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Should the Wild Card be a bullpen game for the Yankees?

In a one-game playoff, it might make sense to leverage their best asset.

Detroit Tigers v New York Yankees Photo by Elsa/Getty Images

There’s no denying that the Wild Card game has changed the way baseball teams are constructed. The concern in the single Wild Card era was that it just became another division title. Because there was no further incentive to win the division over the wild card, a team like the Yankees this season would feel pretty comfortable coasting to the finish instead of wasting energy chasing the Red Sox. Not only does this new change make September more interesting, but it also changes the calculus quite a bit.

For one, your season could end in a single game. The Yankees will likely finish near 90 wins, which is a miracle all things considered, but they could be washed in a single affair by a Twins or Angels team that is clearly inferior. That’s what makes it interesting, obviously, and the Yankees have luckily prepared for this possibility.

That preparation involved, primarily, stacking together an elite bullpen. It’s easily the best bullpen in the league (next to the Indians), and it could definitely be better if some of the key actors start picking up the slack. David Robertson (29 ERA-), Chad Green (39 ERA-), Tommy Kahnle (64 ERA-), Dellin Betances (70 ERA-), and Aroldis Chapman (84 ERA-) make up the core of the bullpen, and despite the latter two going through major negative regression, this is still an impressive group.

Where this comes into play is a theory that is oft-referenced in sabermetric circles, that the wild card game should exclusively be a bullpen game. Dave Cameron first opined about this back before the Yankees’ last Wild Card game against the Astros, where the result was ironically their ace Dallas Keuchel shutting them down. He writes:

“[R]elievers are more effective on a per-batter basis than starting pitchers, and most teams don’t have the kinds of starting pitchers who can justify being left in the game a third time through the batting order, especially when their team’s season hangs in the balance.”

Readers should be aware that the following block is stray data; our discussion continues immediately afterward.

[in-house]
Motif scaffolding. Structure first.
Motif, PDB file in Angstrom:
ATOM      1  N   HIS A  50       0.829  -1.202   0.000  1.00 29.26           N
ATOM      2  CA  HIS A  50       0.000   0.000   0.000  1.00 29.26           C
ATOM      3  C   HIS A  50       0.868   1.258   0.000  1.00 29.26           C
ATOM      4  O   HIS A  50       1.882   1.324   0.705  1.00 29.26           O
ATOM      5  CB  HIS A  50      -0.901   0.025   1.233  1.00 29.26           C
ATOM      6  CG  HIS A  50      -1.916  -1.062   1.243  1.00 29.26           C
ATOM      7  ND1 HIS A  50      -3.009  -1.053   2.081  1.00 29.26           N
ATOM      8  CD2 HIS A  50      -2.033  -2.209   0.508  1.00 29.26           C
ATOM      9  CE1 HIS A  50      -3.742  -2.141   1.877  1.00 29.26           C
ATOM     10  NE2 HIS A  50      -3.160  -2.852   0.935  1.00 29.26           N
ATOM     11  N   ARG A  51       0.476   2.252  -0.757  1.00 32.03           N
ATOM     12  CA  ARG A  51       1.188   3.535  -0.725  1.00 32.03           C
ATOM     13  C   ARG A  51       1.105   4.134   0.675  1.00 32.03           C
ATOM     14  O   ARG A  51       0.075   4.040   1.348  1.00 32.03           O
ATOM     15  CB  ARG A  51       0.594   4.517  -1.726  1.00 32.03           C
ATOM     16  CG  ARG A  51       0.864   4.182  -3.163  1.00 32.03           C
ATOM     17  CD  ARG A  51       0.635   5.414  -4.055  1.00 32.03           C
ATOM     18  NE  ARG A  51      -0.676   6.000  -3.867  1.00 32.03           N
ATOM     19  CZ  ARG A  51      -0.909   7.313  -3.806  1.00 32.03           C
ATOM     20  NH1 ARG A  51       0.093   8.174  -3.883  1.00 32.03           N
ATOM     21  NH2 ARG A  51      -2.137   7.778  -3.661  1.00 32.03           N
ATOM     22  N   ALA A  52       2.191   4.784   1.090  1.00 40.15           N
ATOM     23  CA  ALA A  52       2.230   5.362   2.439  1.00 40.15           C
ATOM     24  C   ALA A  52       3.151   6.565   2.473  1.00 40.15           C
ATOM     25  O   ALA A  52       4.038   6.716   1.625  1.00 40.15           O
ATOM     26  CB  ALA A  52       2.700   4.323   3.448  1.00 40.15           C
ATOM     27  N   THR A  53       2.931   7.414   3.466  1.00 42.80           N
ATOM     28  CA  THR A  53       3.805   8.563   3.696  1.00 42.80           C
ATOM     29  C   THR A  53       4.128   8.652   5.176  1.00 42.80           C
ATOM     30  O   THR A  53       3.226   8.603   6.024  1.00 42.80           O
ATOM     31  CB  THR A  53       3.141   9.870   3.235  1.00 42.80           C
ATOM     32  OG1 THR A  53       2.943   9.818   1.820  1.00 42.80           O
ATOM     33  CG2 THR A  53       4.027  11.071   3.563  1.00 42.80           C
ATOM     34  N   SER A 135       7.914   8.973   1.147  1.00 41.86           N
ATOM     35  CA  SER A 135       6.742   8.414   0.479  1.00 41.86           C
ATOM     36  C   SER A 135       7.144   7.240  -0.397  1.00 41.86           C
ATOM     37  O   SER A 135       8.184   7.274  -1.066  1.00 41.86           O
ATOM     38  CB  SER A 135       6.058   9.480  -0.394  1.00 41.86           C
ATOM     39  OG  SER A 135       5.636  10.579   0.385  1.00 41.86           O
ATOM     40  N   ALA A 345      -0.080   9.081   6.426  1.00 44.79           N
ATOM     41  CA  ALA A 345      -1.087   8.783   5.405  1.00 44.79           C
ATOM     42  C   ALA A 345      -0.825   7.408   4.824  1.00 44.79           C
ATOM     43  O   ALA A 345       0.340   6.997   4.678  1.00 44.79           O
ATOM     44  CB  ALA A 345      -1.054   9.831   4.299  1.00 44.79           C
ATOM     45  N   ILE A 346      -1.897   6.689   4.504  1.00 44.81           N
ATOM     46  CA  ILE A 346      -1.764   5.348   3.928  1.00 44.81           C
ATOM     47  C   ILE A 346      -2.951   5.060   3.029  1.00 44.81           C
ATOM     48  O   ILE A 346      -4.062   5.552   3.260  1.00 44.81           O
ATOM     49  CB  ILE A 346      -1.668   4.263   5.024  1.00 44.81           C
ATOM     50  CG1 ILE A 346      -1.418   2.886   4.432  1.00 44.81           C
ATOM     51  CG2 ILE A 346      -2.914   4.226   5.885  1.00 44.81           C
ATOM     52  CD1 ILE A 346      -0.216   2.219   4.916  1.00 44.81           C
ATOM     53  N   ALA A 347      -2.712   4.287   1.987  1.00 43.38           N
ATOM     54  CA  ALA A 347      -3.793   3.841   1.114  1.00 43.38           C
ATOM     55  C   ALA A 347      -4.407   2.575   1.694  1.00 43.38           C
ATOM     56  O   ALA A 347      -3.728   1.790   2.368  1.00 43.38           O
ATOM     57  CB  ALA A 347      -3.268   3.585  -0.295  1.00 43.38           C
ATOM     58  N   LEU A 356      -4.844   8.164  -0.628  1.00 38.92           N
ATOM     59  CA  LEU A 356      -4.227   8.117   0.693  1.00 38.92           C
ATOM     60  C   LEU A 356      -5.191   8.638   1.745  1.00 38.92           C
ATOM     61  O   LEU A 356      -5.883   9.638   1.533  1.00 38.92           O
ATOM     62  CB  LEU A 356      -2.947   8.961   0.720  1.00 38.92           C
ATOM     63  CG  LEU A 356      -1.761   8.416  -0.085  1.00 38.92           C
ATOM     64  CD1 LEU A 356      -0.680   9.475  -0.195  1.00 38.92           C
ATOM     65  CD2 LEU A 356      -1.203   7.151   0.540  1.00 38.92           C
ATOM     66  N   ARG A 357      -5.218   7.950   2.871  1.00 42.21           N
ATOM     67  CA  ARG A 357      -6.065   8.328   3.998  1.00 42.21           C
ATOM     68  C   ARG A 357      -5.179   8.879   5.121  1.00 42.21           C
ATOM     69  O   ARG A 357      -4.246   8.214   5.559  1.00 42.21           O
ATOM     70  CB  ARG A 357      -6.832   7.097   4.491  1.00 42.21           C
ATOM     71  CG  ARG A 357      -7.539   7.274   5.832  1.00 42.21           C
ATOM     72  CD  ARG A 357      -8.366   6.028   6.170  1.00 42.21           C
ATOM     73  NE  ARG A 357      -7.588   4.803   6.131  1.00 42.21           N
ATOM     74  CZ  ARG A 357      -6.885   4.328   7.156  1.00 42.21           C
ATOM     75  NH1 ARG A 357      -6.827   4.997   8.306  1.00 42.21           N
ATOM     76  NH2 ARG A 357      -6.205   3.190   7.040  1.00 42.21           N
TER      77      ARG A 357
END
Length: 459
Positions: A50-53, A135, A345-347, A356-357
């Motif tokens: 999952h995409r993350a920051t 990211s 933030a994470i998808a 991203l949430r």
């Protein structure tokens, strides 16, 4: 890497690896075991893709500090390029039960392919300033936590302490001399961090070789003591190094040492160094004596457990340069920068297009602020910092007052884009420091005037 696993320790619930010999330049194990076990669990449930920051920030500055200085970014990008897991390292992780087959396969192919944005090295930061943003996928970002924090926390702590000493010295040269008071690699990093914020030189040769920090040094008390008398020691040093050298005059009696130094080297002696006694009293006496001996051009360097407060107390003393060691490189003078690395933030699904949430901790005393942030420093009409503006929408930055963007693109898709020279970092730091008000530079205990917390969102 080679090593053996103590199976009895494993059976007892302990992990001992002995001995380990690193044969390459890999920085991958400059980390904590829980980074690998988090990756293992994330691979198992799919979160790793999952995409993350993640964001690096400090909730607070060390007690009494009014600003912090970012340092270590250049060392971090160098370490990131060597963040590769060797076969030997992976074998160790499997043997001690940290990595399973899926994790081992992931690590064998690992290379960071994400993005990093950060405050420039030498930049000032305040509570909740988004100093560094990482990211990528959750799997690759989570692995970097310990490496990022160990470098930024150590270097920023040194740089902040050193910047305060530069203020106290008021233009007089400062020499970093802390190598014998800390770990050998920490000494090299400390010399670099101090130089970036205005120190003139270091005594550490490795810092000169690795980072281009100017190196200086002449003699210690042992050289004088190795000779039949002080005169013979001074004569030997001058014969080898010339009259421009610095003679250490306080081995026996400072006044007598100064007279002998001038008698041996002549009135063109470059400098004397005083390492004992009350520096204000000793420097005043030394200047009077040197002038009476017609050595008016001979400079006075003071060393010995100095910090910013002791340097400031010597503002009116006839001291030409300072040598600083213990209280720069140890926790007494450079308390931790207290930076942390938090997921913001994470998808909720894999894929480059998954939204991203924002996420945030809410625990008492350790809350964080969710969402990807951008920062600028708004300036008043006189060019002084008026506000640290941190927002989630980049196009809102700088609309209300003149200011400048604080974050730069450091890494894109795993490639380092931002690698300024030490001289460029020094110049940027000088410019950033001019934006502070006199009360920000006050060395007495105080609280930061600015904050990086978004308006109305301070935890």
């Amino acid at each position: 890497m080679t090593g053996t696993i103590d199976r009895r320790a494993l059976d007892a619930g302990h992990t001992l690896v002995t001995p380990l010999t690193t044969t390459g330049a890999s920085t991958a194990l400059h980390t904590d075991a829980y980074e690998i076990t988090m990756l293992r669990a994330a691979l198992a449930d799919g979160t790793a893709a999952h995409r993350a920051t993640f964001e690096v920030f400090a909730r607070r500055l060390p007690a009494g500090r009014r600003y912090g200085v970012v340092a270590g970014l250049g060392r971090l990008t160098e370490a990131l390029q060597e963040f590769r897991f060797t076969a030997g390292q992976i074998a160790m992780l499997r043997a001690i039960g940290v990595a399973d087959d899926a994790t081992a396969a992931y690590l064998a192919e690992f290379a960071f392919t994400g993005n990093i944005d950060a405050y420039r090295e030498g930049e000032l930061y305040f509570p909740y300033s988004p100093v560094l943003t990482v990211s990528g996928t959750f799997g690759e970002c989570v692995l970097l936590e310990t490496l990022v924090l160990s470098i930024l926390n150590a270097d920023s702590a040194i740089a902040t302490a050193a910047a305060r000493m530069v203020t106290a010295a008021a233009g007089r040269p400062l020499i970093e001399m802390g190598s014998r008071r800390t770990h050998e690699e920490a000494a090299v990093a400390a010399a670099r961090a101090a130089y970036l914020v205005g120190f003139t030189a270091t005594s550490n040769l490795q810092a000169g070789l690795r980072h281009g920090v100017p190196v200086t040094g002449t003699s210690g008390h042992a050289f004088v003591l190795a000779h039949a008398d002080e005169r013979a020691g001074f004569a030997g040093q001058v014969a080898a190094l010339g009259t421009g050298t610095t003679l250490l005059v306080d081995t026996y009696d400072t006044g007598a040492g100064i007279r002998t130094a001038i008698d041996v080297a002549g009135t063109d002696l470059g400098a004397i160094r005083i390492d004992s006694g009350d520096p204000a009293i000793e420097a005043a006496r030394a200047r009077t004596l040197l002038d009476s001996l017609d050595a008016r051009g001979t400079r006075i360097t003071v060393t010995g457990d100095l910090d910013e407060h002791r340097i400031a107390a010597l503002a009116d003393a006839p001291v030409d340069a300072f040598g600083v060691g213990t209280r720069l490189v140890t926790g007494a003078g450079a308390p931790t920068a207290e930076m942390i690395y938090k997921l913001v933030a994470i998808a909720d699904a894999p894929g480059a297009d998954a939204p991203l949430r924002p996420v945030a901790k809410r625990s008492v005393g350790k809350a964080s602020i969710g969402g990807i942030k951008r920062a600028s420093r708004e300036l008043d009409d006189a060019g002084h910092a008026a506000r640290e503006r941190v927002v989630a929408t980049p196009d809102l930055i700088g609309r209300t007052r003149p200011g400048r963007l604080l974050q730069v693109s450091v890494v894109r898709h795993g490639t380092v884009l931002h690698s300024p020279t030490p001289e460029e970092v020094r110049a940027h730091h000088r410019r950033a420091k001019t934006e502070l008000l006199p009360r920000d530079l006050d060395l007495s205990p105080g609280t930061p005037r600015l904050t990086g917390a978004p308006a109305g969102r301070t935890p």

Let’s talk about a few examples, though, and see how they would match up in this type of scenario. Here’s how each prospective starter stacks up in their first, second, and third times through the order this season, expressed in opponent wOBA:

Yankees Starts Each Time Through Order

Pitcher 1st Time Through Order 2nd Time Through Order 3rd Time Through Order
Pitcher 1st Time Through Order 2nd Time Through Order 3rd Time Through Order
Luis Severino 0.268 0.246 0.272
Masahiro Tanaka 0.311 0.351 0.322
Sonny Gray 0.261 0.301 0.284

By this chart, the important thing is the jump between the first time and the second time. By this metric, at least, it would only make sense to leave in Severino more than one time through the order, but by the third one should call it quits. This is because if you look at how relievers have performed, the second and third time through the order’s iteration of each starter is not as good as a prospective reliever.

  • Chapman: .281 wOBA
  • Betances: .268 wOBA
  • Green: .199 wOBA
  • Robertson: .224 wOBA
  • Kahnle: .267 wOBA

This is what I mean. Even if a pitcher is completely rolling, these numbers matter. Once you get past the first time through the order, there’s almost no argument that one of those starters at that level is better than one of these fresh relievers. The only exception is maybe Severino, but even with him I wouldn’t let him through the third time; there are still four relievers with a better wOBA than his third time through.

I don’t think this should be some hard and fast rule, but essentially the strategy should be one or two times through the order, and pulled at the first sign of trouble. Let’s hope the Yankees win the division and it isn’t a concern, but if I’m being honest, that probably isn’t the case. Luckily the Yankees have built their team for this exact scenario, it’s just up to them to actually use it correctly.